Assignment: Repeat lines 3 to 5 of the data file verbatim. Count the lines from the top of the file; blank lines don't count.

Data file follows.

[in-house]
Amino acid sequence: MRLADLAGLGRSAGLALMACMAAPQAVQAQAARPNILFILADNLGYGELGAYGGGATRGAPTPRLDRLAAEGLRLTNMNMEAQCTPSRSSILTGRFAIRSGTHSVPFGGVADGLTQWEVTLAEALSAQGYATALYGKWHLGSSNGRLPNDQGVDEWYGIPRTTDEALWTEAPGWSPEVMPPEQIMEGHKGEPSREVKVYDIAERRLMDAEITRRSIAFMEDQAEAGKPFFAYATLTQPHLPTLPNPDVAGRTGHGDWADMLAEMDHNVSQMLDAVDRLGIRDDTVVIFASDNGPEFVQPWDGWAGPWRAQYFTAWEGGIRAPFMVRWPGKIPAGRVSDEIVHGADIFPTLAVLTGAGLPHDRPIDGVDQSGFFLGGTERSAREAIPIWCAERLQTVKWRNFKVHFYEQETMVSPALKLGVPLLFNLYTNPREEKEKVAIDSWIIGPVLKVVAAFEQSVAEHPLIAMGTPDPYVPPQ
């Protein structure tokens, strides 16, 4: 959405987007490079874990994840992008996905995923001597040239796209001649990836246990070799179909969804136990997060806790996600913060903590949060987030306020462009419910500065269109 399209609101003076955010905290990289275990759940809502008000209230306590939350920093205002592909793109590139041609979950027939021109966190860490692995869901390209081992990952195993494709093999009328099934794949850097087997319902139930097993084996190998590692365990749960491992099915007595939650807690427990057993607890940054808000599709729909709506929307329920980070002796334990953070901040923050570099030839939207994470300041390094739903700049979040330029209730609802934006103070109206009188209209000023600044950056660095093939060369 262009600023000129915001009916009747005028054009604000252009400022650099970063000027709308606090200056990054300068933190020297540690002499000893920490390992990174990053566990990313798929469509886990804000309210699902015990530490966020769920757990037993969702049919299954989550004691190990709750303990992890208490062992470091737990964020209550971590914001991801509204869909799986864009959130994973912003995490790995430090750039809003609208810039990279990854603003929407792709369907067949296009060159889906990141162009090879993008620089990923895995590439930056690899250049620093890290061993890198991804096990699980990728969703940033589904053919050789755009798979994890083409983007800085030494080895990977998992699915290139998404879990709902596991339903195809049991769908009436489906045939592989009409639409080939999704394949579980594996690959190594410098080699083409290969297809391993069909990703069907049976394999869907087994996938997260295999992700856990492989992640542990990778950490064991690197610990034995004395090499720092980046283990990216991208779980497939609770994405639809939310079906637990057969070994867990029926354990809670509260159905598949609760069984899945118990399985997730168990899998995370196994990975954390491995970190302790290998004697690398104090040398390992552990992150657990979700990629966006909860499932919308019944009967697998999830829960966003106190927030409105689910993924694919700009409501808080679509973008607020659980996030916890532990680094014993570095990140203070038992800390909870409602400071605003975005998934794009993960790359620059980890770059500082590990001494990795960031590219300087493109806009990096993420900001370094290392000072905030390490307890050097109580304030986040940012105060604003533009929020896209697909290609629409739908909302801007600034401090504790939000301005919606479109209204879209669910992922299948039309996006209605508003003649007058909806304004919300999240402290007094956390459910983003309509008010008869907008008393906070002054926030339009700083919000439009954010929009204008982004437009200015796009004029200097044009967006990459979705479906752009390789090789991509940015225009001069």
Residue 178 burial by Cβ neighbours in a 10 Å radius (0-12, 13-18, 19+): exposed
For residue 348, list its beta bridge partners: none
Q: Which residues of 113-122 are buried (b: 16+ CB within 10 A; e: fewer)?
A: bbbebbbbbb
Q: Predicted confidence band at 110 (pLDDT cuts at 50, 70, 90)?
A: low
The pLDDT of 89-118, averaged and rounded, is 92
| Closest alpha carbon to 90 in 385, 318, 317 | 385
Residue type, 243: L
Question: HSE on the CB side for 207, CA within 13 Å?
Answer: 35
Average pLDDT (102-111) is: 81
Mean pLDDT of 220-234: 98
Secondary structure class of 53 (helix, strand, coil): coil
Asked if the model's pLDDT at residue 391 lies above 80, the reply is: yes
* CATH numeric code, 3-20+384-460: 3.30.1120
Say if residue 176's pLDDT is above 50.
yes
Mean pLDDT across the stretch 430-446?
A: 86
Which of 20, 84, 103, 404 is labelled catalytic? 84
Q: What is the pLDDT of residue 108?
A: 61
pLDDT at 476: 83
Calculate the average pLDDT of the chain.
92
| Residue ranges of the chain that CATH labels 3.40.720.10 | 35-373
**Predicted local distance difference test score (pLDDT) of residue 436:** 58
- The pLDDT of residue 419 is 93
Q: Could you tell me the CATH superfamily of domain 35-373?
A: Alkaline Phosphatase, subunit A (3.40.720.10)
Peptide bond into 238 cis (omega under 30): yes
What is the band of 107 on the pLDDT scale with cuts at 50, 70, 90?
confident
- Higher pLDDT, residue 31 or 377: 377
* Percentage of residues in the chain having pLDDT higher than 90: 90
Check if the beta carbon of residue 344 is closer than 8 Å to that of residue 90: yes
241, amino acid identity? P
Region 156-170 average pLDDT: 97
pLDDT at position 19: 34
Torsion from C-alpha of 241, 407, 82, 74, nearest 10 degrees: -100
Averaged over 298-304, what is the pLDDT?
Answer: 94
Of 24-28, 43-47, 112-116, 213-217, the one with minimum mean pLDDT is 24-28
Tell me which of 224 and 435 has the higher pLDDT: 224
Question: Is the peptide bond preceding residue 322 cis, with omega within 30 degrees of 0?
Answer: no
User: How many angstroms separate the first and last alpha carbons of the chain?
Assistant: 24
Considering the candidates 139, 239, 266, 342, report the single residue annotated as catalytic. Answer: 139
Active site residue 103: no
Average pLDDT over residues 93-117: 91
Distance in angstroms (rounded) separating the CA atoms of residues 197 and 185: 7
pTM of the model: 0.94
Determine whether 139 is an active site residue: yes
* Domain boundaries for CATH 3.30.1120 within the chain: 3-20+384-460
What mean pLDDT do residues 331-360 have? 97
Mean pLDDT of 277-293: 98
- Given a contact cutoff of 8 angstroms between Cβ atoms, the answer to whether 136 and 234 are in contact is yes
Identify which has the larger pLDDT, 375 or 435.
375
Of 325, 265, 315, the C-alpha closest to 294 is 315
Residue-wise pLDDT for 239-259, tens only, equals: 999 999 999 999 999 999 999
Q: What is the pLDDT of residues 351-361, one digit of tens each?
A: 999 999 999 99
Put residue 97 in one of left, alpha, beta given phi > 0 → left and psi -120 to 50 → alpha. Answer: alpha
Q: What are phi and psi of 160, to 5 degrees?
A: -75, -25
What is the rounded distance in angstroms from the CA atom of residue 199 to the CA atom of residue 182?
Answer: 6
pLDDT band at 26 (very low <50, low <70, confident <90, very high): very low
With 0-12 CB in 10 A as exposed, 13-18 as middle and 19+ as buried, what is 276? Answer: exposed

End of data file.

């Protein structure tokens, strides 16, 4: 959405987007490079874990994840992008996905995923001597040239796209001649990836246990070799179909969804136990997060806790996600913060903590949060987030306020462009419910500065269109 399209609101003076955010905290990289275990759940809502008000209230306590939350920093205002592909793109590139041609979950027939021109966190860490692995869901390209081992990952195993494709093999009328099934794949850097087997319902139930097993084996190998590692365990749960491992099915007595939650807690427990057993607890940054808000599709729909709506929307329920980070002796334990953070901040923050570099030839939207994470300041390094739903700049979040330029209730609802934006103070109206009188209209000023600044950056660095093939060369 262009600023000129915001009916009747005028054009604000252009400022650099970063000027709308606090200056990054300068933190020297540690002499000893920490390992990174990053566990990313798929469509886990804000309210699902015990530490966020769920757990037993969702049919299954989550004691190990709750303990992890208490062992470091737990964020209550971590914001991801509204869909799986864009959130994973912003995490790995430090750039809003609208810039990279990854603003929407792709369907067949296009060159889906990141162009090879993008620089990923895995590439930056690899250049620093890290061993890198991804096990699980990728969703940033589904053919050789755009798979994890083409983007800085030494080895990977998992699915290139998404879990709902596991339903195809049991769908009436489906045939592989009409639409080939999704394949579980594996690959190594410098080699083409290969297809391993069909990703069907049976394999869907087994996938997260295999992700856990492989992640542990990778950490064991690197610990034995004395090499720092980046283990990216991208779980497939609770994405639809939310079906637990057969070994867990029926354990809670509260159905598949609760069984899945118990399985997730168990899998995370196994990975954390491995970190302790290998004697690398104090040398390992552990992150657990979700990629966006909860499932919308019944009967697998999830829960966003106190927030409105689910993924694919700009409501808080679509973008607020659980996030916890532990680094014993570095990140203070038992800390909870409602400071605003975005998934794009993960790359620059980890770059500082590990001494990795960031590219300087493109806009990096993420900001370094290392000072905030390490307890050097109580304030986040940012105060604003533009929020896209697909290609629409739908909302801007600034401090504790939000301005919606479109209204879209669910992922299948039309996006209605508003003649007058909806304004919300999240402290007094956390459910983003309509008010008869907008008393906070002054926030339009700083919000439009954010929009204008982004437009200015796009004029200097044009967006990459979705479906752009390789090789991509940015225009001069």
Residue 178 burial by Cβ neighbours in a 10 Å radius (0-12, 13-18, 19+): exposed
For residue 348, list its beta bridge partners: none